The Benedetto Players
Featuring: Howard Alden, Gerry Beaudoin, Jimmy Bruno, Adrian Ingram, Andy MacKenzie, Andy Summers, Frank Vignola and Jack Wilkins May 17, 1997 Huntington Hilton-Melville, NY
After twenty five years in the business, very rarely do I experience a concert
that surprises or excites me. On May 17 the Benedetto Players did both. The
eight guitarists displayed a depth of feeling and virtuosity that is second to
none in any genre of music. Working without bass or drums guitar duos and
trios evoked a comfortable groove that made you feel the music was being
performed just for you. The Benedetto players had an obvious respect for each
others ability and genuinely seemed to enjoy each others company as well.
Jimmy Bruno, Howard Alden and Frank Vignola
Howard Alden and Frank Vignola did a stellar job opening the show with tunes
"Monks' Dream, Tears and Fasinating Rhythm". Jimmy Bruno, Howard Alden and
Frank Vignola burned through a few tunes from their "Concord Jazz Guitar
Adrian Ingram and Andy MacKenzie
Adrian Ingram and Andy MacKenzie performed two extremely
tight well arranged tunes from their release "Duets". Jimmy Bruno and Jack
Wilkins brought the house down and the first standing ovation of the evening
with their exuberant renditions of "Grooveyard, Emily and You Stepped Out of a
Gerry Beaudoin and Jack Wilkins
Gerry Beaudoin did a solo medley of "Georgia On My Mind" and "My
Romance". He then performed an original blues," Blue Benedetto", dedicated to
Bob and Cindy with Jack Wilkins expertly accompaning him.
The surprise of the evening was Andy Summers. I have followed Andy for many
years and have always enjoyed his music, but personally could not see him
playing a Benedetto guitar or performing with the style of players assembled
for this concert. I was proven wrong on both counts (not an unusual occurrence
as of late). You could hear a pin drop as he performed a beautiful solo
rendition of "Nuages" and Jack Wilkins joined him for duo arrangments of "Black Orpheus" and Chick Corea's "Spain".
Andy used no effects or sound processing and sounded great. He looked
comfortable playing the Benedetto archtop and played with the finesse and
groove that I personally had not experienced before in him. After his set was
finished he dashed off to perform with his Trio at the Saturday Night Guitar
The finale and piece de resistance was an impromptu version of "Just Friends"
with all seven guitarists on stage followed by an encore of "Honeysuckle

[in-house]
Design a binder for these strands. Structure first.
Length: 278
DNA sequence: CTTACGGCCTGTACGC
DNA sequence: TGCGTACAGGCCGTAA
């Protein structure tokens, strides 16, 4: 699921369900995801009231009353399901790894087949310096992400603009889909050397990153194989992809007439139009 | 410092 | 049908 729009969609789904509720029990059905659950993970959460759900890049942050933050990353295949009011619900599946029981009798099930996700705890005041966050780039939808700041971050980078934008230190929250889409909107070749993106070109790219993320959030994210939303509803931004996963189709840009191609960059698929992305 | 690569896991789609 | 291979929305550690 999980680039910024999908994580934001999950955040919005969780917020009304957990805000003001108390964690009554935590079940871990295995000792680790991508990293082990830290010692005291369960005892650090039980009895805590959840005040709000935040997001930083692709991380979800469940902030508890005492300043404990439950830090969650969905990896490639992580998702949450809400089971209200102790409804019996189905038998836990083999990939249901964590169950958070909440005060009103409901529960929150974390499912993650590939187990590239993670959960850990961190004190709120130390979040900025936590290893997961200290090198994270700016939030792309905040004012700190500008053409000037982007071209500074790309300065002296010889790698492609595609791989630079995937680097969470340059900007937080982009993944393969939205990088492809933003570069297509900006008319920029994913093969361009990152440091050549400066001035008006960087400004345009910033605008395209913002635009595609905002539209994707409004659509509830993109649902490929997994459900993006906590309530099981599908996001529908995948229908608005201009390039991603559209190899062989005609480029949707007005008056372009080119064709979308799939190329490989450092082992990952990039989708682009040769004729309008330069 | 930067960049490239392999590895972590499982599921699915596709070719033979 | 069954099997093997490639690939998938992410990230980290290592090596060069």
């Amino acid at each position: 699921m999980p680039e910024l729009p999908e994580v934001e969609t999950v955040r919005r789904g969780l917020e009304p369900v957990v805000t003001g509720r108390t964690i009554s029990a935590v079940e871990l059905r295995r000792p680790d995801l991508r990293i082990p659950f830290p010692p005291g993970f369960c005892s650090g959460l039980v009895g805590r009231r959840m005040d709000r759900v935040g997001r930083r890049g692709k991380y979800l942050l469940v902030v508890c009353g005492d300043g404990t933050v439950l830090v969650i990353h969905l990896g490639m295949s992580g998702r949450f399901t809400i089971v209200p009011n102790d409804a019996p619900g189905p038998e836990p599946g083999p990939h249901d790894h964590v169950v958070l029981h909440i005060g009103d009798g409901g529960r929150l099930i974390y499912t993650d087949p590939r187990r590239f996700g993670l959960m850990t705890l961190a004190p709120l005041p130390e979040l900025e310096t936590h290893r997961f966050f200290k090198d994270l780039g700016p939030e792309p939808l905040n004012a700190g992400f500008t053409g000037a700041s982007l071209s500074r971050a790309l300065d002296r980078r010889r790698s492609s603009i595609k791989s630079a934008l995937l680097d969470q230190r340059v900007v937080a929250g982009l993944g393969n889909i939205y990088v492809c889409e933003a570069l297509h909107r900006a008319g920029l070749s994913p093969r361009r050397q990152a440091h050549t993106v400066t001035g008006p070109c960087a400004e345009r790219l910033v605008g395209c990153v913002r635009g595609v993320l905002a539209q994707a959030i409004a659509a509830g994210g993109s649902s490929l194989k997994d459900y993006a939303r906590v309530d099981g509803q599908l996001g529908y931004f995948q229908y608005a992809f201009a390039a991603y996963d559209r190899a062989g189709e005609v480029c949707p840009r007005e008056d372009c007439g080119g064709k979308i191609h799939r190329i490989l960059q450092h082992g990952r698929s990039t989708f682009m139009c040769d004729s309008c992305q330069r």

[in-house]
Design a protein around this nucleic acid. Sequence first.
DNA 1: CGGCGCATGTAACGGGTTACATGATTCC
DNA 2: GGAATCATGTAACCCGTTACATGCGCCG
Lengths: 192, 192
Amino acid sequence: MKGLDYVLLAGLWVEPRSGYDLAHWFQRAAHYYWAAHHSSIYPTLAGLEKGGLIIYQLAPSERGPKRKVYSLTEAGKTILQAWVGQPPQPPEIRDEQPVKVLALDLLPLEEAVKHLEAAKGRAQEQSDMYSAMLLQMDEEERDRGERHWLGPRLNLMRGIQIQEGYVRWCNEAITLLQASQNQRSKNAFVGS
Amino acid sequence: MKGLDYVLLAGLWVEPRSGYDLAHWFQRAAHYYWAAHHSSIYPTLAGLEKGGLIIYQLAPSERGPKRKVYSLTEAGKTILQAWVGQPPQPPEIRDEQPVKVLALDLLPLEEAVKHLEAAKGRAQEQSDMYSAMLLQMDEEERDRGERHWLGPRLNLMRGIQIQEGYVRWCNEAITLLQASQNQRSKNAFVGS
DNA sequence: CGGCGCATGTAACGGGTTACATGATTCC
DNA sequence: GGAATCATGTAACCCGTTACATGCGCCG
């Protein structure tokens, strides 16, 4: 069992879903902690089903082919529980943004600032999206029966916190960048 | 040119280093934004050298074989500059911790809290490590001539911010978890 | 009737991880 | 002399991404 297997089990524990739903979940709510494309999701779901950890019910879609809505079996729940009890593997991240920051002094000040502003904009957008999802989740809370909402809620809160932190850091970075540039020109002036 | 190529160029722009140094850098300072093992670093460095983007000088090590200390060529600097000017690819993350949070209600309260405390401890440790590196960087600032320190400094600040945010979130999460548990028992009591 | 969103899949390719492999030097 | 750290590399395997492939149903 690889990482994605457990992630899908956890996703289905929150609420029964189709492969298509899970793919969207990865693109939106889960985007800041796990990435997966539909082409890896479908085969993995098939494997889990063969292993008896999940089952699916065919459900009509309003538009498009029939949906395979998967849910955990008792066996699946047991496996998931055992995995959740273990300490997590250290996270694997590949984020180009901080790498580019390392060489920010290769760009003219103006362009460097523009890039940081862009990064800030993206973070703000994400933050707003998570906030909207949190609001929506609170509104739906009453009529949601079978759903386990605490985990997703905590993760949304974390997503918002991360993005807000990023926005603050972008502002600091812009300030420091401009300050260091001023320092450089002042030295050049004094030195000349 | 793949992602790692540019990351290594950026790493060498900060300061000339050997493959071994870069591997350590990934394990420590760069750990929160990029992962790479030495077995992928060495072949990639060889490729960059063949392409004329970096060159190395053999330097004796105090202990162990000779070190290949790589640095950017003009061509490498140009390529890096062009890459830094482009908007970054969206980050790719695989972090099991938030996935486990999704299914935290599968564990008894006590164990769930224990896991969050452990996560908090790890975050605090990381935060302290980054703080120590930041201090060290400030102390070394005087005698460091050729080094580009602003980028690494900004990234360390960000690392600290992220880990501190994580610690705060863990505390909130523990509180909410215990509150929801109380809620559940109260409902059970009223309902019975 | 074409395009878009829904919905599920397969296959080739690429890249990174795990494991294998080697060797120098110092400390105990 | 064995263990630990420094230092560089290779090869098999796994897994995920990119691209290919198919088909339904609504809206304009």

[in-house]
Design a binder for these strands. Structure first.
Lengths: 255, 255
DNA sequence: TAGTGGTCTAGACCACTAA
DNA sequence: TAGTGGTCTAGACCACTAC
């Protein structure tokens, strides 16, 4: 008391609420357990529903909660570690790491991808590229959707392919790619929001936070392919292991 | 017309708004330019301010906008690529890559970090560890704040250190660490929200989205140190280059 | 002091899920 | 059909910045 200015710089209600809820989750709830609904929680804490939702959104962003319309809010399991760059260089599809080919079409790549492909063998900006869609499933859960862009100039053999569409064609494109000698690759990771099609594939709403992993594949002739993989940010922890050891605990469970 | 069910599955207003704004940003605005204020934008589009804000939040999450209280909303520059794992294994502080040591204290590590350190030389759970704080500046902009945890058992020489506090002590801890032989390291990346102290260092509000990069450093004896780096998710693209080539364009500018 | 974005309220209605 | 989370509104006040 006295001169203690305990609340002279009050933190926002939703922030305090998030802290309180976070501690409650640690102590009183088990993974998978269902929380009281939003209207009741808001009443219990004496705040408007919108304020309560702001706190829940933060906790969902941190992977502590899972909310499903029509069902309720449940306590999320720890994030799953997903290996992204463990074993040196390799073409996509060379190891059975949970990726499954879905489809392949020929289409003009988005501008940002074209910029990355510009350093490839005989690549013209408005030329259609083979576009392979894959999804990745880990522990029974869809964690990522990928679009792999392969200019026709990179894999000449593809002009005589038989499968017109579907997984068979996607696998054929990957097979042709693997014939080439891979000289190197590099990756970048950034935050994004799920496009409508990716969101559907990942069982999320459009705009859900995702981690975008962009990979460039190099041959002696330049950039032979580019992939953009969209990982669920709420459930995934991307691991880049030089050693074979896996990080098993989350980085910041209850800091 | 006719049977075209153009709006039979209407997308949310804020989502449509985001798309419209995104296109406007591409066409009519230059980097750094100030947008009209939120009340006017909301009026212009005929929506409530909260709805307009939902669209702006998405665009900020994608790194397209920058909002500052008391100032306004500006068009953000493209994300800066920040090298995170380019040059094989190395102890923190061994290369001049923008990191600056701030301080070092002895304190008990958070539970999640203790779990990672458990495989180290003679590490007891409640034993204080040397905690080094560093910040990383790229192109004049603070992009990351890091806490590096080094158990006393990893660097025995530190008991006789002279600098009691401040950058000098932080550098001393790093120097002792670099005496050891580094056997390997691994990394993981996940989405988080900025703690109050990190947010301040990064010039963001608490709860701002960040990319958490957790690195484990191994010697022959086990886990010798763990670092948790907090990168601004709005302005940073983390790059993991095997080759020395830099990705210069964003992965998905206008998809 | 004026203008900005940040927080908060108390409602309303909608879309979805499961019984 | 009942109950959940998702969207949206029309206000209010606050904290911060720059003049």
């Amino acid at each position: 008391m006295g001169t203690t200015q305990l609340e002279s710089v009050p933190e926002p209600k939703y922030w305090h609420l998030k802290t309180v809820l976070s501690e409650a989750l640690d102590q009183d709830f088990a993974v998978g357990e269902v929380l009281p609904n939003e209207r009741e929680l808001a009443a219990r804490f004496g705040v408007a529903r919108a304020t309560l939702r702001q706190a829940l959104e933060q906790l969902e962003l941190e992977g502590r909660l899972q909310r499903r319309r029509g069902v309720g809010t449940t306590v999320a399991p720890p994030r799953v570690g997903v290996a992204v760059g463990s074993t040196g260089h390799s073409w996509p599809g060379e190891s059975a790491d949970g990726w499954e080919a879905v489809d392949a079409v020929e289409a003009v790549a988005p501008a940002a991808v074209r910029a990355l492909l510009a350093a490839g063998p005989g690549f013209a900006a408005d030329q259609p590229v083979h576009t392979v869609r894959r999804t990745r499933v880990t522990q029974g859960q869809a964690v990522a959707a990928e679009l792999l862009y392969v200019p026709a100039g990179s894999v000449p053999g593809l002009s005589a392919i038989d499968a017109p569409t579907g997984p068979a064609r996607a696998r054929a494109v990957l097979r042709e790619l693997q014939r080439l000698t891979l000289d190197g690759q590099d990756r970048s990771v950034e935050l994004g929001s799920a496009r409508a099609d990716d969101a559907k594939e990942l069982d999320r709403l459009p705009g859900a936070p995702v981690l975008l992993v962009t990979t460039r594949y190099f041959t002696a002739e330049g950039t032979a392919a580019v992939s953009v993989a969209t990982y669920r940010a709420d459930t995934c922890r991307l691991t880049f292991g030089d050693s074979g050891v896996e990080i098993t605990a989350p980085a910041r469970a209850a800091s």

Rose". This is one concert that is a "must see" or should I say "must hear" for
any true aficionado of great guitars and great guitar players.
I must mention that the show was of the highest professional level on many
other counts besides the music. It started on time, minimal disruptions during
group changes and the balance and blend was very good throughout the room. Randall Kremer, from the Smithsonian Institution, did a great job of hosting
and keeping the audience's interest. Rich Raezer, and Alessandro Amplifiers
(formerly Hound Dog) also did an amazing job suppling and setting up equipment
that would satisfy the very discernable tastes of the performers assembled
for this concert. Last but not least to Bob and Cindy Benedetto for making
this very special evening possible.
Buscarino Guitars Presents A Special Jazz Concert
Featuring: Paul Bollenback, Ron Affif and Ken Hatfield.
May 16, 1997 at the Huntington Hilton Hotel-Melville, NY
John Buscarino amassed an array of young lions who flexed their creative and
technical prowess throughout the evening. From Ken Hatfield with his nylon
string Cabaret model to Paul Bollenback with his MIDI-induced Monarch. These
fine guitarists demonstrated exactly how versatile a Buscarino creation can
The evening started with an instrumental combination that has always been one of my favorites-the guitar/acoustic bass duo. Ken Hatfield with Hans
Glawishnig on bass played a set reminiscent of the Gene Bertoncini/Michael
Moore genre that evoked a sensitivity aligned with both technical and creative
expertise rare in many guitarists today. Ken performed a number of orginal
tunes dedicating one to Astor Piazzola and another titled "Marios Garage" to
Brazilian music and musicians. He concluded his set with a medley of a
classical etude by Alvarez merging flawlessly into a Chick Corea composition.
The audience gave Ken a strong round of appreciation that initiated an encore
of an excellent rendition of "Polka Dots and Moonbeams".
Part two of the evening featured a fiery set of Ron Affif and Paul Bollenback
accompanied by bassist Essiet Essiet and drummer Jeff "Tain" Watts. Ron and
Paul put their own signature on standards like "Body & Soul" and "Alone
Together". My personal favorite was the duo section of "If I Should Care". In
that section Ron and Paul interacted in a manner that was sheer artistry. It
was an energy charged set often reminding me of two fire-breathing dragons
challenging each others' technical limits and endurance.
All in all it was an excellent concert which I'm sure will set the tone for
many more to come. Congratulations John for great guitars, great endorsers and
a great concert.
Charles H. Chapman is an Associate Professor at Berklee College of Music, a music journalist and frequent contributor to Guitar Player, Guitar Shop, Acoustic Guitar and Just Jazz Guitar magazines.